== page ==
1732 - 1809 Person Name: F. J. Haydn, 1732-1809 Meter: 10.10.11.11 Composer of "LYONS" in The Hymnary for use in Baptist churches Franz Joseph Haydn (b. Rohrau, Austria, 1732; d. Vienna, Austria, 1809) Haydn's life was relatively uneventful, but his artistic legacy was truly astounding. He began his musical career as a choirboy in St. Stephen's Cathedral, Vienna, spent some years in that city making a precarious living as a music teacher and composer, and then served as music director for the Esterhazy family from 1761 to 1790. Haydn became a most productive and widely respected composer of symphonies, chamber music, and piano sonatas. In his retirement years he took two extended tours to England, which resulted in his "London" symphonies and (because of G. F. Handel's influence) in oratorios. Haydn's church music includes six great Masses and a few original hymn tunes. Hymnal editors have also arranged hymn tunes from various themes in Haydn's music. Bert Polman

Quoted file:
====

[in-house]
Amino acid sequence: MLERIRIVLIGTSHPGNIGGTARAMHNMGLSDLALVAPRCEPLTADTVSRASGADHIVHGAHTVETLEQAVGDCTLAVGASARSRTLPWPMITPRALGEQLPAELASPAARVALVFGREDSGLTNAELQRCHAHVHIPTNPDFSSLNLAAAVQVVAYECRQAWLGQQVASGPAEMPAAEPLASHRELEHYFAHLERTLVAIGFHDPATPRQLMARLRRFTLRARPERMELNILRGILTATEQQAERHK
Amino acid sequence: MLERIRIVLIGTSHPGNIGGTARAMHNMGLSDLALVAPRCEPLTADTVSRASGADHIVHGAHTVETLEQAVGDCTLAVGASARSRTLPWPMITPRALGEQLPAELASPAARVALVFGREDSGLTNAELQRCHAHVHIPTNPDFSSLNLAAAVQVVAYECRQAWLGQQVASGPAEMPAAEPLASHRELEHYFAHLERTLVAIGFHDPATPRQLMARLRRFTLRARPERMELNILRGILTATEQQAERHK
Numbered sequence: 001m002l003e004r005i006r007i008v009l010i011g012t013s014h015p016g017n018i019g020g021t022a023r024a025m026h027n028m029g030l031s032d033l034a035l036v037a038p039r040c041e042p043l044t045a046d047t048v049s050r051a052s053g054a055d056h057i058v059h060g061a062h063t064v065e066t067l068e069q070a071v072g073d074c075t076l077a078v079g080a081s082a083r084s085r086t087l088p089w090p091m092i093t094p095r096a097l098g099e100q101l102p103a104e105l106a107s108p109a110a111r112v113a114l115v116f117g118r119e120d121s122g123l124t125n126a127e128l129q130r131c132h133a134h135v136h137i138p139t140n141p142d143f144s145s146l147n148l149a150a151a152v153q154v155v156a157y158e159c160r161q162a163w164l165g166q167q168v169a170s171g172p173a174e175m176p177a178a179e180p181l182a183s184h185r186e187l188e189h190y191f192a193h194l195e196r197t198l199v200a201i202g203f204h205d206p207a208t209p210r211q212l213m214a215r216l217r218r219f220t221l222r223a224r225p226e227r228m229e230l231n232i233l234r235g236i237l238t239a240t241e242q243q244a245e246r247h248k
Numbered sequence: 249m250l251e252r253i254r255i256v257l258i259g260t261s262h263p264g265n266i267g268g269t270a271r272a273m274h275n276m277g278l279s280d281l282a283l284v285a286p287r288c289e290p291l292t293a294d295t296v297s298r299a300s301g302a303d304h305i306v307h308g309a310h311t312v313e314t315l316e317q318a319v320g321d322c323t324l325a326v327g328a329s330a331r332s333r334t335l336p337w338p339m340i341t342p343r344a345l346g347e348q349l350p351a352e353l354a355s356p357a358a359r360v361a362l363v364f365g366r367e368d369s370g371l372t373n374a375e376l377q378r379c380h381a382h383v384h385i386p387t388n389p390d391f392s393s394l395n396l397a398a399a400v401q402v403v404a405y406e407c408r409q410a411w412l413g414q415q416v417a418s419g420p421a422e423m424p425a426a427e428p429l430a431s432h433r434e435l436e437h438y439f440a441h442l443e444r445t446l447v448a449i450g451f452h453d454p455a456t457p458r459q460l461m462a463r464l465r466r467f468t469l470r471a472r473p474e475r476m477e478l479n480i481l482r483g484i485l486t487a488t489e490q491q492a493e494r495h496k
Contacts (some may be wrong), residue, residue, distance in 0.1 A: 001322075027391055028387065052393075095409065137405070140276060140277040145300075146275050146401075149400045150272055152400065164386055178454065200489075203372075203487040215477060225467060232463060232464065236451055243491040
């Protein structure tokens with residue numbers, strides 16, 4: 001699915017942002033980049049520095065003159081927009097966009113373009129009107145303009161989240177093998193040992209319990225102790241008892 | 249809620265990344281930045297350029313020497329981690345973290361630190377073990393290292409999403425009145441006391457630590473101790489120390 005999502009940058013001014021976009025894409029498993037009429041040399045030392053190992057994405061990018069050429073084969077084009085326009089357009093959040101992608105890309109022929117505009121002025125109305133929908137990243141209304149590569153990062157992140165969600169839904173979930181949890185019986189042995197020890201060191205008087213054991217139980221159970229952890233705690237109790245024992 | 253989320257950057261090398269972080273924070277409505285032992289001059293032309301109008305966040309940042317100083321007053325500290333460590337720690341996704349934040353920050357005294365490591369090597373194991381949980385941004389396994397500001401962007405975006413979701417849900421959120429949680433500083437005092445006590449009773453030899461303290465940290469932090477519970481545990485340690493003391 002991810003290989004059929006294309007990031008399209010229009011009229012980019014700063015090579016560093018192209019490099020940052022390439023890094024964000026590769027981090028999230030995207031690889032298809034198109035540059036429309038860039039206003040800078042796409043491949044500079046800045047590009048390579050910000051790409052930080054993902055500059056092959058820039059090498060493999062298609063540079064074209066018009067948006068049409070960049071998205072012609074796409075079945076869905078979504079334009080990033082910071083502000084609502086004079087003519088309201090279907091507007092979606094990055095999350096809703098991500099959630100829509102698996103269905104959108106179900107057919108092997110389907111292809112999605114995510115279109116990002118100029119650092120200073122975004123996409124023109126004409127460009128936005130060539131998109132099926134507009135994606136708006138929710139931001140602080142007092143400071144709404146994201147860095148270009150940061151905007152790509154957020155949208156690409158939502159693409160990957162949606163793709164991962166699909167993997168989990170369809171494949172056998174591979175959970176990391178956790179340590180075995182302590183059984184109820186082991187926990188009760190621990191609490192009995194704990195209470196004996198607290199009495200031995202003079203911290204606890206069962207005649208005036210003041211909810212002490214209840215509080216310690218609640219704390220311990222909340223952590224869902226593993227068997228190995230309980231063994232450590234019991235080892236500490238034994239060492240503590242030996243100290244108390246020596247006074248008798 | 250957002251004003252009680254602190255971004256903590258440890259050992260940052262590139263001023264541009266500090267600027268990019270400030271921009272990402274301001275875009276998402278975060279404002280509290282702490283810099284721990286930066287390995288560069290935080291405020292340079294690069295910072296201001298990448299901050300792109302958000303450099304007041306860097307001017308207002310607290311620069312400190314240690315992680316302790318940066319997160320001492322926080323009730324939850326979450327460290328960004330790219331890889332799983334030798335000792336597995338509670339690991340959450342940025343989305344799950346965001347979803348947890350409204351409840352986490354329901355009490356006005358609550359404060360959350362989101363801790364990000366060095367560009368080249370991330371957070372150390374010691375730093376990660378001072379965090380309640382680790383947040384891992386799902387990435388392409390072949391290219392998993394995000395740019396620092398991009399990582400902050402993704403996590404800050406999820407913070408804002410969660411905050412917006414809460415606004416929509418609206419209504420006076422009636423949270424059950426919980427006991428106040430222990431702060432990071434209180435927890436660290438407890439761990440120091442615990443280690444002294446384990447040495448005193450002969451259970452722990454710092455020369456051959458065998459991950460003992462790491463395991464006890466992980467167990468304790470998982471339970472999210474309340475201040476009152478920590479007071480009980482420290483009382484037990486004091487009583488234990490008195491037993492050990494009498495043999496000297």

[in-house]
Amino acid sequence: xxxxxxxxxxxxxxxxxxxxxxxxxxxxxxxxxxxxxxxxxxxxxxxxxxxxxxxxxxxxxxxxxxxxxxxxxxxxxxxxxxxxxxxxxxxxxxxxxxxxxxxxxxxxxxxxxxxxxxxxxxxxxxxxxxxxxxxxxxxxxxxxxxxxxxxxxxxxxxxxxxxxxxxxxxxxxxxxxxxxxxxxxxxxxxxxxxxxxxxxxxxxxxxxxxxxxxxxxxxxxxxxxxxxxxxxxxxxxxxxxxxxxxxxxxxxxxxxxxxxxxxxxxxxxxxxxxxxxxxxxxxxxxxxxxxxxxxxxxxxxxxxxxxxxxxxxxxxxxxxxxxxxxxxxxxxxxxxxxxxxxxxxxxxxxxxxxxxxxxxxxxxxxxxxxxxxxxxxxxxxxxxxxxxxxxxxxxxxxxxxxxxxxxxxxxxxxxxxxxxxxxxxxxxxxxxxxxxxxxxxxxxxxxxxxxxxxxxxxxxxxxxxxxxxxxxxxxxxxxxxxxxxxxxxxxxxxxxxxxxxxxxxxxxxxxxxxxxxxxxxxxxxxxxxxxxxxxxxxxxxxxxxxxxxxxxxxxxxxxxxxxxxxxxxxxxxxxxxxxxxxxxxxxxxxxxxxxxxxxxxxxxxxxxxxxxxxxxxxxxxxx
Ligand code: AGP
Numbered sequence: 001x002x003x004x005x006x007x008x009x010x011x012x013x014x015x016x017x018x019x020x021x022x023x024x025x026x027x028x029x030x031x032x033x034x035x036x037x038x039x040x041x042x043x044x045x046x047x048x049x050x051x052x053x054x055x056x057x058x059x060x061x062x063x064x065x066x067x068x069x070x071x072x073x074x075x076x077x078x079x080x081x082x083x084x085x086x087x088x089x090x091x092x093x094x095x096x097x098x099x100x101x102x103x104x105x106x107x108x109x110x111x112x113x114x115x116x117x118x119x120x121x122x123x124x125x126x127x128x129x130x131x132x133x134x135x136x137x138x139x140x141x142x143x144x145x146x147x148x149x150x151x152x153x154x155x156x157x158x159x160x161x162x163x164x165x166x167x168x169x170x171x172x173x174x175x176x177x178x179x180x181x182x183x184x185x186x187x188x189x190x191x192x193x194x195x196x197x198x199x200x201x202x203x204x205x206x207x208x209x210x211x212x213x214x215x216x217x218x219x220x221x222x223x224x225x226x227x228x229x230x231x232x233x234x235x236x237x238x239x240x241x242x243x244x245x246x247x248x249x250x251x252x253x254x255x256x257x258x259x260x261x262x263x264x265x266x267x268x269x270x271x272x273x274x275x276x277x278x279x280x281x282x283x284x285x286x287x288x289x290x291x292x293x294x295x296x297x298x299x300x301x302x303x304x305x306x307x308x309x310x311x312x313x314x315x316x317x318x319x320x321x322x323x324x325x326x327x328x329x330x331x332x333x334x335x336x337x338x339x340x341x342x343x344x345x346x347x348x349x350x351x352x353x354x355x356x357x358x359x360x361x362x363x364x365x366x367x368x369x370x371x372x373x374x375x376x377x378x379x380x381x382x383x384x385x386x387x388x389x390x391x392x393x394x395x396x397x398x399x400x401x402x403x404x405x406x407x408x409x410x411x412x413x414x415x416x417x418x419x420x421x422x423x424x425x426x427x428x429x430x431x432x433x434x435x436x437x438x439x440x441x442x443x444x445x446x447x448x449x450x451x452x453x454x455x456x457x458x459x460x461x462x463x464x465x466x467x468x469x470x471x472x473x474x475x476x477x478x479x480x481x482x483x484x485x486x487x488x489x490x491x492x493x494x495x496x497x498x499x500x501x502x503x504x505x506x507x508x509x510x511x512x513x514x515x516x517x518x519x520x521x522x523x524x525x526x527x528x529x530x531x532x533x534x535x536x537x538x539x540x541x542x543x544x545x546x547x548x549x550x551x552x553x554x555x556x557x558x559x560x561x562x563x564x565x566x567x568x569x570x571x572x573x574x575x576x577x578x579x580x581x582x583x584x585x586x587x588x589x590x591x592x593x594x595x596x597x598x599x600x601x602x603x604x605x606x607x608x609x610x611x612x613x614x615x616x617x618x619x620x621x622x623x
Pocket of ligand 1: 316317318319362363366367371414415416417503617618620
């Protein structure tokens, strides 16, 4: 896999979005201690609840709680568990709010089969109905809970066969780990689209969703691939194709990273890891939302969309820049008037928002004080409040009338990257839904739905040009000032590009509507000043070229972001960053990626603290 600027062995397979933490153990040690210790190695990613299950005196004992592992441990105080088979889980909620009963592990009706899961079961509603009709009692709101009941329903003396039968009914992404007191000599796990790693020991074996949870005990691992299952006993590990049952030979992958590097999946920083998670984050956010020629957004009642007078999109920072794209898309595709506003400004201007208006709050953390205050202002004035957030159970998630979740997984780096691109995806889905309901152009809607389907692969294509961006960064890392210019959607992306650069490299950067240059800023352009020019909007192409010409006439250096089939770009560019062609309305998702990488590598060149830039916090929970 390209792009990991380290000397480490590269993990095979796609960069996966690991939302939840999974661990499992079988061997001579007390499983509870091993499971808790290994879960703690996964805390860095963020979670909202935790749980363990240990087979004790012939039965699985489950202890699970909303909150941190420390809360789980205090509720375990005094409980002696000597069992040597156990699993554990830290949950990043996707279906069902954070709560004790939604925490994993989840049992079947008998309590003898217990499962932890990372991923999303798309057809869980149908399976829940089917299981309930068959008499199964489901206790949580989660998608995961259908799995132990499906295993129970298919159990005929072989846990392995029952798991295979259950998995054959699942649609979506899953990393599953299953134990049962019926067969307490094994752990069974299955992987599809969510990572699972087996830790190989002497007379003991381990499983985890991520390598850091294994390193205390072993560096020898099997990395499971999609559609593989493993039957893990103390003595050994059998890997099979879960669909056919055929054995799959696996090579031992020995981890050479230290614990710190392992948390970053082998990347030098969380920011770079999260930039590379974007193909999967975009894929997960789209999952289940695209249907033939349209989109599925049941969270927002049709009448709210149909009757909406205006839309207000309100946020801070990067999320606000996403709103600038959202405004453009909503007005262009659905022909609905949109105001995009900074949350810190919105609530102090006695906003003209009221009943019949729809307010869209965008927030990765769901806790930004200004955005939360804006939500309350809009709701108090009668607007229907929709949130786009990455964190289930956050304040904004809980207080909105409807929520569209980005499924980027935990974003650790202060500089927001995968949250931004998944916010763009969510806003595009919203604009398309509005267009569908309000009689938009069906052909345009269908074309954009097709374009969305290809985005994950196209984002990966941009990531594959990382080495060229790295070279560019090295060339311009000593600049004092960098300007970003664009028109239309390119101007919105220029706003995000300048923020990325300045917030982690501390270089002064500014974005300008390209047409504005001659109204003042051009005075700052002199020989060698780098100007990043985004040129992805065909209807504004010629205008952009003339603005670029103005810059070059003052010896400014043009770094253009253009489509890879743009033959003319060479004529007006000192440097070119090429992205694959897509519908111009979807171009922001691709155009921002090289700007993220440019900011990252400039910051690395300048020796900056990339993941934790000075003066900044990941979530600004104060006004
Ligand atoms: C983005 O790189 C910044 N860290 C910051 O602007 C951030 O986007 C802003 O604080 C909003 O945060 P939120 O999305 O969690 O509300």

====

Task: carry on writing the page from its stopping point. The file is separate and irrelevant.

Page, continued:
George Frideric Handel

1685 - 1759 Person Name: Handel Meter: 10.10.11.11 Composer of "[Oh, worship the King, all glorious above]" in The Hymnal, Revised and Enlarged, as adopted by the General Convention of the Protestant Episcopal Church in the United States of America in the year of our Lord 1892 George Frideric Handel (b. Halle, Germany, 1685; d. London, England, 1759) became a musician and composer despite objections from his father, who wanted him to become a lawyer. Handel studied music with Zachau, organist at the Halle Cathedral, and became an accomplished violinist and keyboard performer. He traveled and studied in Italy for some time and then settled permanently in England in 1713. Although he wrote a large number of instrumental works, he is known mainly for his Italian operas, oratorios (including Messiah, 1741), various anthems for church and royal festivities, and organ concertos, which he interpolated into his oratorio performances. He composed only three hymn tunes, one of which (GOPSAL) still appears in some modern hymnals. A number of hymnal editors, including Lowell Mason, took themes from some of Handel's oratorios and turned them into hymn tunes; ANTIOCH is one example, long associated with “Joy to the World.” Bert Polman